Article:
(CNN)First, it was Alton. Next, Philando. Then, five police officers.
America's sorrow captured in three cities
Baton Rouge, Falcon Heights and Dallas now share a tragic connection -- one that's driving a tense undercurrent felt in every American city after days of violence.
The past three days have struck a nerve, and it's one that echoes some of this country's darkest times. Americans are asking: How can this be happening in 2016? When will this stop? What are the solutions?
And ... Why?
The answer to that one word may be the most painful. And it's one that, on Friday night, people in these three cities are grappling with -- from protesters, to police, to neighbors, to families.
In front of the police headquarters in Dallas, handfuls of people solemnly trickle in and out. They've come to pay their respects.
Some salute the two cars placed out front in honor of the fallen. Others reverently touch their doors and windows. One says the Lord's Prayer. A black man, his daughter by his side, embraces a white cop.
"They'll never come home," said Jared Pereira, whose friends and family served on this force. "How do you explain that to their children? To prevent violence you create more violence?"
Micah Xavier Johnson, the man who killed five police officers at a demonstration Thursday night, told authorities that he wanted to kill white people, that he was upset about the recent shootings.
It's stifling in Dallas. Some of the officers in uniform hand out water as the blistering sun begins to set. At times, a brief gust of wind blows flowers or handwritten notes off the makeshift memorial. It doesn't take long for someone in the crowd to pick them back up.
As a mother and her two children walk by, the 6-year-old girl points to a memorial of candles and stuffed animals. "Mommy, why are these here?"
She's asking the same question the adults are asking.
Nearly 24 hours after shots rang out here, it's stunned silence.
Then, a small choir breaks the melancholy quiet.
Meanwhile, more than 400 miles from Dallas, people in Louisiana are trying to do what they do best: in darkest times, they celebrate life.
At the scene where Alton Sterling was shot this week, a DJ in a tent plays R&B and black revolutionary tracks. There are no cops in sight. If you didn't know what happened here this week, you'd think it was a block party.
Kevin Thomas, a 47-year-old black man, stands outside the convenience store on this muggy evening. He lost a cousin to an overdose Monday. On Tuesday, his friend Alton was gunned down.
"When I woke up this morning and saw the news about the police officers in Dallas, I cried," he said. "We're one of the strongest and weakest countries in the world."
At a nearby furniture store, Zack Fields, 25, talks with Belafonte Anderson, 55, a therapist and mortician.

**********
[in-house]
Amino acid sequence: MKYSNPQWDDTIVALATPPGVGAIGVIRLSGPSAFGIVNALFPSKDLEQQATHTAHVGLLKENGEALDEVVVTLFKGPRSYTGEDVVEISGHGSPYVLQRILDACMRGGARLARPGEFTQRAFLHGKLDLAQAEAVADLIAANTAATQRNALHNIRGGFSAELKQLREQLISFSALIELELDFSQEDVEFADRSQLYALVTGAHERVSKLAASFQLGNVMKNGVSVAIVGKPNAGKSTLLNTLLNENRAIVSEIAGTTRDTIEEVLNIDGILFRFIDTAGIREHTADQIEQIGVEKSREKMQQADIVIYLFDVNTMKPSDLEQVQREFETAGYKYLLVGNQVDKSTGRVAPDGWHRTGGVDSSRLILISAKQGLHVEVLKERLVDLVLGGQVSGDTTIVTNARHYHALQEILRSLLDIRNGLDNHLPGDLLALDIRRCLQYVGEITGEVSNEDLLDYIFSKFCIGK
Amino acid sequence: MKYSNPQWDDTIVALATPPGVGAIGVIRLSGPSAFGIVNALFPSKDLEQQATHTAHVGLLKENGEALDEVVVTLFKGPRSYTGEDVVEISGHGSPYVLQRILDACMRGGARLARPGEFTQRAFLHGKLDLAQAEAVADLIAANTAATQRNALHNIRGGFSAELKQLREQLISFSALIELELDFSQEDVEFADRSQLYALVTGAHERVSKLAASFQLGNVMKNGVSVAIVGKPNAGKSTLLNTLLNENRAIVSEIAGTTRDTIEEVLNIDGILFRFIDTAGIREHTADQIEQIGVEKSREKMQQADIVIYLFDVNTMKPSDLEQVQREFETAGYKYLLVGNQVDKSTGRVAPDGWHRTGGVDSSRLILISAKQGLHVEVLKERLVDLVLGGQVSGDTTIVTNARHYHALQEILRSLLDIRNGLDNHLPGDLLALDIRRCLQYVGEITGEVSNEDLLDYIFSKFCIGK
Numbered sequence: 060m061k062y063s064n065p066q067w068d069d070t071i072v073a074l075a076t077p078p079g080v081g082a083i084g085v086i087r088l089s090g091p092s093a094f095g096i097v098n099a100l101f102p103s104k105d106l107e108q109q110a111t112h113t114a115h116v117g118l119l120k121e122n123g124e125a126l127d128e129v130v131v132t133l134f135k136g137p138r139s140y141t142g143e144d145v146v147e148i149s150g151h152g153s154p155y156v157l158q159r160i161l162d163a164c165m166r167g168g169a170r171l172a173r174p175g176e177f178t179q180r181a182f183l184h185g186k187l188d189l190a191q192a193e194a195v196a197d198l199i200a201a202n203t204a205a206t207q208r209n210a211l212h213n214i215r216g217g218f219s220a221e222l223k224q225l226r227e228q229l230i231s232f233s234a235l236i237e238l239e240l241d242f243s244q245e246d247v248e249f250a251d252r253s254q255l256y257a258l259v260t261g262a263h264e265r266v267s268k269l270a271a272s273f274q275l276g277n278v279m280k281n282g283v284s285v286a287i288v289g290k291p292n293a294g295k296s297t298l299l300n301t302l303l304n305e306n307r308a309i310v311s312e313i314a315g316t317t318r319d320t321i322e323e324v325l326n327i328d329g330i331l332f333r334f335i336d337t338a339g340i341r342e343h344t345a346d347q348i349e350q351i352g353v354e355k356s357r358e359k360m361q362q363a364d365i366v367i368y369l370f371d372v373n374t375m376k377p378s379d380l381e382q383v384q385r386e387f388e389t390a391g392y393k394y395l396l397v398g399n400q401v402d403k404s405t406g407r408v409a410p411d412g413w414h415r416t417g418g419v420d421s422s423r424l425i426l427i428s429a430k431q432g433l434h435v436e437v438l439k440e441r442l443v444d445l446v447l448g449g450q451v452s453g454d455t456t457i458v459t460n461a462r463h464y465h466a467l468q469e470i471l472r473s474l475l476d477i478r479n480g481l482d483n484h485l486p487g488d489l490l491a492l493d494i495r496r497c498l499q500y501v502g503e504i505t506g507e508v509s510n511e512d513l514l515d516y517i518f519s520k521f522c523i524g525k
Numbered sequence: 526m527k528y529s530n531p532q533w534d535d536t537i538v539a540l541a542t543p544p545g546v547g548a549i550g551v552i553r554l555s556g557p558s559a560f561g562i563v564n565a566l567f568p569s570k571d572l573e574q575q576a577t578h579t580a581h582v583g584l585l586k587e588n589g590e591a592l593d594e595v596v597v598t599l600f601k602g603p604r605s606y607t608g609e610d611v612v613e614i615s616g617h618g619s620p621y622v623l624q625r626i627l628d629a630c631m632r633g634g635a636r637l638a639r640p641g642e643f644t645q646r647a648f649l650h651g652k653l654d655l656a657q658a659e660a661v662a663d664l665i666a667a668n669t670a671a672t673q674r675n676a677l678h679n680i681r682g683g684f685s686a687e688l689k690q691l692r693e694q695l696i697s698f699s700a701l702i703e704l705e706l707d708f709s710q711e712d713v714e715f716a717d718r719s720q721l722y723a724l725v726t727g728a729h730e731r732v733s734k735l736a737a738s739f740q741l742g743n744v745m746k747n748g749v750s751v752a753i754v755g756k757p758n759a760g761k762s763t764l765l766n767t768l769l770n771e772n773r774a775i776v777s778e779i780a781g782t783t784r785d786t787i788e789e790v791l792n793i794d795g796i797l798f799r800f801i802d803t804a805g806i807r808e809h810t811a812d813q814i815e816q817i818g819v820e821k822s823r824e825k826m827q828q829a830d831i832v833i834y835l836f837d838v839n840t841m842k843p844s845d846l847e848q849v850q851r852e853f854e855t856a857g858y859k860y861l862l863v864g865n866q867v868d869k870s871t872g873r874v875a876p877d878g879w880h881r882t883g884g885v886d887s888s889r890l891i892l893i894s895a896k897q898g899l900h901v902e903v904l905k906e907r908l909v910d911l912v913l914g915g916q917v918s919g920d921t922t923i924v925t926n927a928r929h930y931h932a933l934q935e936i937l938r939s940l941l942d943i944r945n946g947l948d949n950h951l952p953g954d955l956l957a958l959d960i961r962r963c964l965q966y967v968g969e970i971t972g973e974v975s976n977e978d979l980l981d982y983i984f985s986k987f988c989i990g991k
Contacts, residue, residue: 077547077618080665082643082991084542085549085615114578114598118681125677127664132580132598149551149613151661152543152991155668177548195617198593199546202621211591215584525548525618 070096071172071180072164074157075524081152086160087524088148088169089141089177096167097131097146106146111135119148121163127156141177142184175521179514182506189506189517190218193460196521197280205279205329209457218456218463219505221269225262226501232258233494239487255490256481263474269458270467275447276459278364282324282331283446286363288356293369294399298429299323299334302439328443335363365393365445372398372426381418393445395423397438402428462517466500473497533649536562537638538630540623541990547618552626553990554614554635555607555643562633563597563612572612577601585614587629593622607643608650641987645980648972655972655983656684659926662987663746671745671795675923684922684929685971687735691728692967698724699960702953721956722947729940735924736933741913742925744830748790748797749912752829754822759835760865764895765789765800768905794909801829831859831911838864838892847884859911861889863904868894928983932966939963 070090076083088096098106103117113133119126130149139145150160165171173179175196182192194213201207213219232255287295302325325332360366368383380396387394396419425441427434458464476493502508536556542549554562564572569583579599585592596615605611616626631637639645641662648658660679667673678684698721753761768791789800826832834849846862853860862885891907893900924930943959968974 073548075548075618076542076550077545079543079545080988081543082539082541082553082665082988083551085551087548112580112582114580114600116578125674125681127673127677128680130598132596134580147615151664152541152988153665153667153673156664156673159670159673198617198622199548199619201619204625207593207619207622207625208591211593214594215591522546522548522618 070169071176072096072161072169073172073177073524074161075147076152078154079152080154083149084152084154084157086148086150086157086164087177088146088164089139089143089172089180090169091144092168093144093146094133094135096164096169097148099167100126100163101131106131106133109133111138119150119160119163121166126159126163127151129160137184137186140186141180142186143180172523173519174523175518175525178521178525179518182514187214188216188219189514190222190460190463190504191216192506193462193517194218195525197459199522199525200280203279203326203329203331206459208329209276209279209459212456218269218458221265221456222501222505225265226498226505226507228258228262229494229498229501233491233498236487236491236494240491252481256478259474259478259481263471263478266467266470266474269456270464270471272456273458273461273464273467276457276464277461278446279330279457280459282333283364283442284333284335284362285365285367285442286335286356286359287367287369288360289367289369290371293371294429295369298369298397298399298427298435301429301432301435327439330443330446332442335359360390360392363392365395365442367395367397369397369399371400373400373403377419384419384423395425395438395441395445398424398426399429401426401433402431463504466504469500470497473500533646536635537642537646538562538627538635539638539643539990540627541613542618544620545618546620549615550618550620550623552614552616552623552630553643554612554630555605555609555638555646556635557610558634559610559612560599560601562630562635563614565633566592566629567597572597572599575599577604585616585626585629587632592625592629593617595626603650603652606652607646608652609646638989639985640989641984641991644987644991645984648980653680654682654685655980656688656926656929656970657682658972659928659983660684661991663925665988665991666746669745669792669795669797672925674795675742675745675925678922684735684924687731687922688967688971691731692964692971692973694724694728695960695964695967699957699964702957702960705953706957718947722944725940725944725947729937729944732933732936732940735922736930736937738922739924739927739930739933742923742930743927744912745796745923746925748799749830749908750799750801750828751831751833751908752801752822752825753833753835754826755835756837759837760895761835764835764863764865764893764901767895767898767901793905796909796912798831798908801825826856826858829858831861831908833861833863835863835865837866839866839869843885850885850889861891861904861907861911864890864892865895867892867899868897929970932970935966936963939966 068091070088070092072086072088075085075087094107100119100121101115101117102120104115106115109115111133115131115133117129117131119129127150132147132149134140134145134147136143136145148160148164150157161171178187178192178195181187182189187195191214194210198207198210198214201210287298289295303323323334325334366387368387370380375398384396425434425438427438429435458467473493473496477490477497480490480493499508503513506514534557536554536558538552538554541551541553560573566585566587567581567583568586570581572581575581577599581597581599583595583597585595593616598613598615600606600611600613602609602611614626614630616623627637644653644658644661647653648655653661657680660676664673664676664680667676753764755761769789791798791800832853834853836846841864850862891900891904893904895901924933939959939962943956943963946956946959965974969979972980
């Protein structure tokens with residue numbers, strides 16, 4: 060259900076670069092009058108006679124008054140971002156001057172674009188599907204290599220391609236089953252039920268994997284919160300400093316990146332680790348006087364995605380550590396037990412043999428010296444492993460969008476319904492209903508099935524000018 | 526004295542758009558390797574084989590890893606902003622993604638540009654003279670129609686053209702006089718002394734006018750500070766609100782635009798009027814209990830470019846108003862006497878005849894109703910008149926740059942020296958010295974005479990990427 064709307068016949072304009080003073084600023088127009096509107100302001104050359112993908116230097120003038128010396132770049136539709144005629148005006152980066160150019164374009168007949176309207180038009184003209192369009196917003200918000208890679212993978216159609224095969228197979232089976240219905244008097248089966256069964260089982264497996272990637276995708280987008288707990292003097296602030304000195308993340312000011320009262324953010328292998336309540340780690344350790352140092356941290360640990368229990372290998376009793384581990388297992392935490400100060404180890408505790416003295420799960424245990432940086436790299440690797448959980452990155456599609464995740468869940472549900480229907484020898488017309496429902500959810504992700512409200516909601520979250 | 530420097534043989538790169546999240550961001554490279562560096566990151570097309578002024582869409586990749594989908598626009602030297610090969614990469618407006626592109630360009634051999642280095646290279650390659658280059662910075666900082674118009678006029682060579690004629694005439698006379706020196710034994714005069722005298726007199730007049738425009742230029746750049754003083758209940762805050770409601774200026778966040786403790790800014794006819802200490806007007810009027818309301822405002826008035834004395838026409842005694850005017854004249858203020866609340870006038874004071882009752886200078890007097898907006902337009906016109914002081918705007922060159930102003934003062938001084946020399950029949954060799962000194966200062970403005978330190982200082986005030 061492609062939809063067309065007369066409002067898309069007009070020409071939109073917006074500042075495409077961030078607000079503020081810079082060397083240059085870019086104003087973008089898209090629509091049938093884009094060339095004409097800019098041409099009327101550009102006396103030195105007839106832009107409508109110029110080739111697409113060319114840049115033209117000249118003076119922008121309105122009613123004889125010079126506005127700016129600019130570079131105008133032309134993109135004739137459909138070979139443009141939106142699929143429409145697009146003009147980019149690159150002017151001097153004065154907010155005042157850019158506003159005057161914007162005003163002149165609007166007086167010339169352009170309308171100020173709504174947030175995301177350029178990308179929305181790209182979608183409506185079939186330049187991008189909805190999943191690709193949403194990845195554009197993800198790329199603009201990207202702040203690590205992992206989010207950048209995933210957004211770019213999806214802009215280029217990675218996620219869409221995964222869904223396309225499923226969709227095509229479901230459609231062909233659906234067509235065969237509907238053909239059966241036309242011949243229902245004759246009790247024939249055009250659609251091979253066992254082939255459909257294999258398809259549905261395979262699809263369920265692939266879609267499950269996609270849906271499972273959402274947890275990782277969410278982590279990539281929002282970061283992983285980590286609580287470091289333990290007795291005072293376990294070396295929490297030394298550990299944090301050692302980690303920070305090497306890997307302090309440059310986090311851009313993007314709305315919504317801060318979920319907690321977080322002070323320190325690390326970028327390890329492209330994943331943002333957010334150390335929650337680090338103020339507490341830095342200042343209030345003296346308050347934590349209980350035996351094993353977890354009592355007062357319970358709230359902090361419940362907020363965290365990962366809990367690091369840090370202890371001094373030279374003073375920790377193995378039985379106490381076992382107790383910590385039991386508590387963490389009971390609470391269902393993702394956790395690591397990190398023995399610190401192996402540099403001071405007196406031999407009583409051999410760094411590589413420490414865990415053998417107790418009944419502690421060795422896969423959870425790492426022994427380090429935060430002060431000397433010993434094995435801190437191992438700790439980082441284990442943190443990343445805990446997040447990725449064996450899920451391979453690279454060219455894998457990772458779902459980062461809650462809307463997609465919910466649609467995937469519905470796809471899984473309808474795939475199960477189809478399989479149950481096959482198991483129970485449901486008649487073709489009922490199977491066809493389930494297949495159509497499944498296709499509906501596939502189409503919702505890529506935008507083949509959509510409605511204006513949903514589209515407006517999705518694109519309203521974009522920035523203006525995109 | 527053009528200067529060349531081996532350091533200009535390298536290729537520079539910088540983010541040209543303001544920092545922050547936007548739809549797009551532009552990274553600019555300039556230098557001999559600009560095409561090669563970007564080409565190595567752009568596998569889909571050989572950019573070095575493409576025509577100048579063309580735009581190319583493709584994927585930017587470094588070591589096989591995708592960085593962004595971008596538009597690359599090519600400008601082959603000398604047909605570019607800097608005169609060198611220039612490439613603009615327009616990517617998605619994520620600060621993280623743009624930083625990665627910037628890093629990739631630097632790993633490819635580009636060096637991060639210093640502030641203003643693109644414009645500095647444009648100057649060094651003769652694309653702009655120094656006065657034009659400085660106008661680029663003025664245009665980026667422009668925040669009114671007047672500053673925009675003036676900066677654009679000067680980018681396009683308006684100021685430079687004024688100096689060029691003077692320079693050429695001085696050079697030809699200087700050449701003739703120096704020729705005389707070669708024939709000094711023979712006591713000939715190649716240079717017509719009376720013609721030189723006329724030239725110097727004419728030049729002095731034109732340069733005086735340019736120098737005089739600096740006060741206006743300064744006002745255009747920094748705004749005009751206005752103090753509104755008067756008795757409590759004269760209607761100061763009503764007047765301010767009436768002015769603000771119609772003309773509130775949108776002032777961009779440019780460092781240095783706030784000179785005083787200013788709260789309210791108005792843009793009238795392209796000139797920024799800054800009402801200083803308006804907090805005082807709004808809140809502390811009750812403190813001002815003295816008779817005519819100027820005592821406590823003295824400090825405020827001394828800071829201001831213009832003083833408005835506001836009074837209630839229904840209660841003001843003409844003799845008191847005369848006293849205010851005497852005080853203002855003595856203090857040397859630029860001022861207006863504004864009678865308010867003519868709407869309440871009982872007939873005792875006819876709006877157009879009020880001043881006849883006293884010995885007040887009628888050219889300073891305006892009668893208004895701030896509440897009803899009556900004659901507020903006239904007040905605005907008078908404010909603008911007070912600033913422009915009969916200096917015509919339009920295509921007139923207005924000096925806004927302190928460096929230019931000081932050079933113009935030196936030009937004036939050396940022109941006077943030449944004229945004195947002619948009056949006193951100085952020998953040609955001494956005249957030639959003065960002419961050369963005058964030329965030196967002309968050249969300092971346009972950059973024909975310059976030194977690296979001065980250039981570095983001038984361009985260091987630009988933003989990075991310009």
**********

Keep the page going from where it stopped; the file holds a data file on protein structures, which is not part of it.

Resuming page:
Fields is white. Anderson is black.
"You can't keep oppressing people, whether they're Asian, Hispanic or whatever," said Anderson, chomping on a cigar. "When nothing changes, the pressure keeps building up."
Lines of communication need to be opened, especially in deeply segregated cities such as Baton Rouge.
"There's this side of town and the other side of town and they're split racially and economically," Anderson said.
"We've had 75 murders in Baton Rouge this year, and most were in this side of town. Where are the protests for those lives?" Fields asked.
Dana Winbush, 40, tried to keep cool standing under the furniture store's awning. She held a plastic foam cup topped with ice in one hand, a protest sign in the other.
"In this neighborhood, these protests are ineffective," she said. "The people who need to see them don't even drive around here."
Dallas, she said, "changes the dynamics" even more.
"Now they have a reason to kill us," she said. "It will make matters worse."
Just across the street, Meg O'Connor, a 24-year-old white college student, stood over a handicapped parking spot, looking down at a memorial built for Sterling.
"I've been surprised by how normal people outside of this community are going about their normal lives," she said. "It was when driving into this neighborhood that I felt the first tangible sense of grief and emotion in this city."
On the sidewalks of Falcon Heights, where Philando Castile was shot and killed, the concrete is covered in chalk. Where blood was spilled are now scribbled messages, seemingly written for Castile or a higher power.
"We didn't know you but we are so sorry."
"Lord let him be the last. May he not die in vain! Peace to all!"
"Your life means something."
Though Thursday night's ambush in Dallas occurred during a protest partly inspired by Castile's death, it "was not because of something that transpired in Minnesota," says Diamond Reynolds, Castile's fiancée who started a live stream on Facebook after he was shot by a police officer.
"This is bigger than Philando. This is bigger than Trayvon Martin. This is bigger than Sandra Bland," Reynolds said. "This is bigger than all of us."